B17G History

Flying Fortress 43-38856 was one of 13,000 Fortresses built at the giant Boeing company Factory in Seattle, Washington. Following completion and flight testing the aircraft was delivered to the USAAF on 30th September 1944. The following month the B17G flew the 3,000 mile North Atlantic supply route from Maine via Greenland and Iceland to arrive in the United Kingdom.

Upon arrival it was assigned to the Eighth Air Force, 381st Heavy Bombardment Group, 534 Squadron, based at Army Air Force Station 167, Ridgewell, Essex. The station was then under the command of Colonel Conway S. Hall. The aircraft carried the squadron codes GD and the identification letter ‘M’.

The principal operations carried out by the 381st while this B17G was with the group were mixed and varied. During the German offensive in the Ardennes (the Battle of the Bulge) in December 1944, the 381st struck at airfields and communications in the battle zone. In March, 1945, the group provided air support for the Rhine crossing and then operated against communications and transport in the final push through Germany.

Towards the middle of April 1945, the talk at Ridgewell was of the war coming to an end. Operations though, were still on and from April 9th to April 21st the 381st flew ten combat missions, all deep into Germany, to Dresden, Neumunster, Regensburg and Brandenburg. From all ten missions all aircraft returned safely.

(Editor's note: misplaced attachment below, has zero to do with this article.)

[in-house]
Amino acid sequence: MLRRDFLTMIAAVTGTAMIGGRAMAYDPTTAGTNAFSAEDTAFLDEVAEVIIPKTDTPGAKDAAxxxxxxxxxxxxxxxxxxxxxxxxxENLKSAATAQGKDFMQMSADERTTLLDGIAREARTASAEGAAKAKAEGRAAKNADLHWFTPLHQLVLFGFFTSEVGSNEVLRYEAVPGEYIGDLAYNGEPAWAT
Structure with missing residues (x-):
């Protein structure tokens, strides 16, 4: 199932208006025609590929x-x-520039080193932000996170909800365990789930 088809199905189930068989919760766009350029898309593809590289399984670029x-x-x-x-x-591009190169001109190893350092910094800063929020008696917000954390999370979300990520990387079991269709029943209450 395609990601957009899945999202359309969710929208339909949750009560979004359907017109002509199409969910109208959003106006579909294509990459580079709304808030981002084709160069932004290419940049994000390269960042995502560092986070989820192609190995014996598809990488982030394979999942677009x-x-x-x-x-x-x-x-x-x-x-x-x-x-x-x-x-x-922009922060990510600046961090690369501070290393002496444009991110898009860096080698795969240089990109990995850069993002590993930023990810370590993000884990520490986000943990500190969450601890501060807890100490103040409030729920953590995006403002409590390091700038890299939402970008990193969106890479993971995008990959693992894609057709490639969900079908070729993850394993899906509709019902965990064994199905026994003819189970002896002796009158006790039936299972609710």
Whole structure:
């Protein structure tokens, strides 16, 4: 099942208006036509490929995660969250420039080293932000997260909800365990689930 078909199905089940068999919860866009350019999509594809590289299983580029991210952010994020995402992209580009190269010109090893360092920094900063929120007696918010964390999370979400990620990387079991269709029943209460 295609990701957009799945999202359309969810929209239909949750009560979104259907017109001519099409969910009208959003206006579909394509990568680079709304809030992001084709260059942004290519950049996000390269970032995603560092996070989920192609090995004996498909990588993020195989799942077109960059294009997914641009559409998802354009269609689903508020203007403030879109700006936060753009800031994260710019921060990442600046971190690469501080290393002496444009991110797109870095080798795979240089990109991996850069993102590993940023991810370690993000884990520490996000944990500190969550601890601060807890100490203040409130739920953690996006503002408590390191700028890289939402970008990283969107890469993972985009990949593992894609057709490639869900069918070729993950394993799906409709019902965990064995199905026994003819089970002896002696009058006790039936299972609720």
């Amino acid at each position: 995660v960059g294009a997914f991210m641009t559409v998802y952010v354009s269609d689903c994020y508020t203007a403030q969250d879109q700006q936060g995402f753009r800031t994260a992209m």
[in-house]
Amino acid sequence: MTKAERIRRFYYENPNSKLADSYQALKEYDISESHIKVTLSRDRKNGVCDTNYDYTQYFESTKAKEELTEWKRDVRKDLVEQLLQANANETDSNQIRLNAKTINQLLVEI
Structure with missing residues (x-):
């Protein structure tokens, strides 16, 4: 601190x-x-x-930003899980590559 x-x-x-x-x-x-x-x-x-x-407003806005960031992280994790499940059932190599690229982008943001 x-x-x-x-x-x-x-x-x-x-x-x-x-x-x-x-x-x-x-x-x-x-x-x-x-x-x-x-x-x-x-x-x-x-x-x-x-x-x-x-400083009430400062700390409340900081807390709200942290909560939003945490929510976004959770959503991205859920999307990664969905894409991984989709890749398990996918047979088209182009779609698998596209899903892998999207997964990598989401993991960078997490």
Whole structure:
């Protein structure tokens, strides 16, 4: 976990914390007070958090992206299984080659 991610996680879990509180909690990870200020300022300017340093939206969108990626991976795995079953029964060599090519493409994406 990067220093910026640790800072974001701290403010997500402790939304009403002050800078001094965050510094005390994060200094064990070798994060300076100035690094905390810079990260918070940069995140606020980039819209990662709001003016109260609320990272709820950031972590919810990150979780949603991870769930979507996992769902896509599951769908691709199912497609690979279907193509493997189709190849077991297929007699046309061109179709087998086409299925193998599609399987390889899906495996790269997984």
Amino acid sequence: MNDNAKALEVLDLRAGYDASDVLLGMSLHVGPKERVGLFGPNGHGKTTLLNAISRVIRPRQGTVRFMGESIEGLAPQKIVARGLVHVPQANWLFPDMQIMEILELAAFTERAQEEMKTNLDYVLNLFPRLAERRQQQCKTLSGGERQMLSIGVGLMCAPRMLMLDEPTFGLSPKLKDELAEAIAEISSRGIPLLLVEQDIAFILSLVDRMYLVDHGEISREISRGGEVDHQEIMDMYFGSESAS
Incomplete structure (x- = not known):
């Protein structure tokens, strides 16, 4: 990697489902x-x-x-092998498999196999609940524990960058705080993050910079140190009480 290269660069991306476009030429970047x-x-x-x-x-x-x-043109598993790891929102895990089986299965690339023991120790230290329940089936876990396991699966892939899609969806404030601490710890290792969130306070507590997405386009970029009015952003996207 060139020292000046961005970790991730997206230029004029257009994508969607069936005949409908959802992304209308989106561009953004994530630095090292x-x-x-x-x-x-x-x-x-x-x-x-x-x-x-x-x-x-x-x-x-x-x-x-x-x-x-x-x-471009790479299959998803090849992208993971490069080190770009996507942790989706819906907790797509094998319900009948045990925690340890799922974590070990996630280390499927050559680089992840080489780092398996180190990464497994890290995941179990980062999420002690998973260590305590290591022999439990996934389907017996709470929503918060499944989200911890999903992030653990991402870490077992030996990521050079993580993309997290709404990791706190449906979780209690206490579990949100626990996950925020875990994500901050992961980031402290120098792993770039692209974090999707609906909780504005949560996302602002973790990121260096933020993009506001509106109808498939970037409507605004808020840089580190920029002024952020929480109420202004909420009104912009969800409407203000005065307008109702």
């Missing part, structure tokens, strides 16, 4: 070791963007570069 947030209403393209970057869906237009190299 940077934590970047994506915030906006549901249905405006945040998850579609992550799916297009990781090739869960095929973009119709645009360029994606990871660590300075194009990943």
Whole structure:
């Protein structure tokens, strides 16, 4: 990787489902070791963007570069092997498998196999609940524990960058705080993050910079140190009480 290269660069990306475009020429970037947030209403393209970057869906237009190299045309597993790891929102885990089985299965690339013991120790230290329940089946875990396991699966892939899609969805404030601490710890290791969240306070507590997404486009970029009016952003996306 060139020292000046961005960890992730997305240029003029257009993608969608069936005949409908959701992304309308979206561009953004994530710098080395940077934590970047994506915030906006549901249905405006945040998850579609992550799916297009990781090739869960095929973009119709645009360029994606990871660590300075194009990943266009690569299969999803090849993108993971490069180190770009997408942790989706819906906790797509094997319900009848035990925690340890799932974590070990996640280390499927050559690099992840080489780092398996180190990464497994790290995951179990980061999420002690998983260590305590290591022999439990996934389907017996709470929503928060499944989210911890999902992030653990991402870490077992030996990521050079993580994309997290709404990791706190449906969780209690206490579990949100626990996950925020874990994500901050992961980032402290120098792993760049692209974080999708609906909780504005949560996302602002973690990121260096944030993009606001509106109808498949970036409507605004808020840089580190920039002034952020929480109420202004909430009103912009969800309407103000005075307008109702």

The atmosphere at the base was becoming more relaxed. At this stage in the air war, the Flying Fortress had fighter escort protection to and from the target, which greatly accounted for the reduction in aircraft losses but even at this late stage in the war the Luftwaffe was still very active.

On Monday 23rd April, 1945, no operations over Germany were planned for the group. A buzz of excitement was felt around the station as a flight had been organised to take a group of servicemen from nine different units, on a week’s leave to Northern Ireland. The men chosen for the leave were not high ranking officers or combat crews, although these men also, were in need of a break. The men chosen to go were the support servicemen, the groundcrews, armourers, mechanics and fitters. These were the people who kept the aircraft flying, combat ready and safe. Some of these men had been at Ridgewell since the 381st arrived in June, 1943 and for most this was their first real break.